The EU funded Pericles project held its final project conference in London on 30 November to 1 December. PERICLES (Promoting and Enhancing Reuse of Information throughout the Content Lifecycle taking account of Evolving Semantics – http://pericles-project.eu/) is a collaborative, interdisciplinary project aimed to address the challenge of ensuring that digital content remains accessible in an environment that is subject to continual change. I have been lucky enough to be tangentially involved in the project, injecting (as you would expect) continuum ideas.
At the conference, I was asked to speak on two panels, one on OAIS (Open Archival Information Systems) the influential standard defined by the space community and now due for systematic review, and on Risk Assessment. In the panel on Risk Assessment I was asked to make some comments ‘representing’ the recordkeeping community in thinking about risk assessment for preservation in the active life of complex digital objects. This panel consisted of Pip Laurenson and Patricia Falcao (Tate Modern), Tomasz Miksa (senior researcher at SBA research working on preservation of open source systems and workflows) and Simon Waddington (from Kings College London working on e-infrastructure and repository technologies).
My contribution (in summary form) was:
The issues of preserving complex digital objects is a recursive one, and it is necessary to define the environment or available locus of attention/action first. So for these comments, my comments are directed at the risks and problems in the current workplace environment.
The current workplace has these problems with complex digital objects, too. It is a design issue. As a community we have known about these issues for over 20 years – perhaps most accessibly expressed by Terry Cook in ‘It’s 10 o’clock: do you know where your data are?’ in 1995 (available but irritatingly behind a paywall!). Examples from the workplace are: Microsoft excel spreadsheets with embedded formulae or linked spreadsheets or the encouraged practice of emailing links, not documents. The issue here is at least in part the lack of stable document identifiers, using the URL name which are at high risk of damage or loss with system upgrades or reconfiguration. The lack of persistent relationships between individual ‘document like objects’ is also a problem.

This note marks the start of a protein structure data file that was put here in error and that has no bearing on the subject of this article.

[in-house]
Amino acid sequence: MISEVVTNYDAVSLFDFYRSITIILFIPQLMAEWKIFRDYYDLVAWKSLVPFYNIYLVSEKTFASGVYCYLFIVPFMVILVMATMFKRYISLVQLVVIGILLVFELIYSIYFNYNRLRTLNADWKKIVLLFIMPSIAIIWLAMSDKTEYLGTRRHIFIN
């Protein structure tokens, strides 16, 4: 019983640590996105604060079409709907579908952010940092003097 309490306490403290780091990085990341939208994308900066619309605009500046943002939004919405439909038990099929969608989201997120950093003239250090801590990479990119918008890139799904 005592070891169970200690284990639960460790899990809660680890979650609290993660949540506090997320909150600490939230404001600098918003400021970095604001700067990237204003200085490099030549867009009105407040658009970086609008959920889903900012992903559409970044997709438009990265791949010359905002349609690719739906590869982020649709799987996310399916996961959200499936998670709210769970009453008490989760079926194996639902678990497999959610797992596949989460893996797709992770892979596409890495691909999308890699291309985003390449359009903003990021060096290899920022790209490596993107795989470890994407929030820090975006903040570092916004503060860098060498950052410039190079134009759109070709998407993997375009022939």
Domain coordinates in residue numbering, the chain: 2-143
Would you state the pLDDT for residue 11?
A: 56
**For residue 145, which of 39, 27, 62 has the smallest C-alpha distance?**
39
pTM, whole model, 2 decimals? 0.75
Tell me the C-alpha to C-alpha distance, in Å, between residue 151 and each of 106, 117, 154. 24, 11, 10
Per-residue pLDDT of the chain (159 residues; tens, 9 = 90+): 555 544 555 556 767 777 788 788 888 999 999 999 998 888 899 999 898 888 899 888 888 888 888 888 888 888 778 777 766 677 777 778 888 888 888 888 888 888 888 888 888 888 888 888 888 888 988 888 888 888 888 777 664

This is a systems design issue in the workplace. When should records be left in their self-referential environment? This is the current strategy of ‘in-place’ records, or retaining records in the business system. When should they be moved out of these creating environments? There are problems with how complex objects survive the transition between these environments in every day workplaces – not just in digital preservation environments. If the records don’t survive in tact in the workplace, digital preservation after the event comes far too late.
Migration is a specific point of risk. Again, this observation is not new. It was made most coherently by David Bearman in 2006 (‘Moments of Risk: Identifying Threats to Electronic Records’ Archivaria, 62, 2006 http://archivaria.ca/index.php/archivaria/article/view/12912/14148). The two most prominent techniques are migration and emulation. Emulation is in common use in the workplace – the use of ‘readers’ to enable readable versions is often built into other software. Migration in the workplace is far more common than appreciated. There are different types of migration – software migration between versions of a product, software migration to new products, migration of systems or records between organisations. The migration rule of thumb is that there will be a 5 year interval before some type of migration is needed. If we think about how long some records need to be kept – the life of a person, perhaps – then the migration risks are huge. And not only that, but the common techniques for migration migrate the objects, but there is significantly less attention paid to ensuring the metadata, relationships and links are maintained.
The recordkeeping community has recognised this set of problems for a long time. Various initiatives are in place to address it. One of the most recent is to re-orient the old notion of appraisal to use the same disciplinary expertise now directed to determining what records need to be created/kept and apply the analysis framework multiple times at specific points of risk. This is the thinking embedded in the revised ISO 15489 – 2016. The community has also done significant work, like many other communities, in identifying risk and defining approaches to risk assessment. In particular, the ISO TR 18128, Risk Assessment for Records provides disciplinary guidance.
The problems aren’t so different for the current workplace. If we think about risk and preservation as recursive, occurring in different environments on an almost continuous basis, we can identify intervention points which have maximum impact.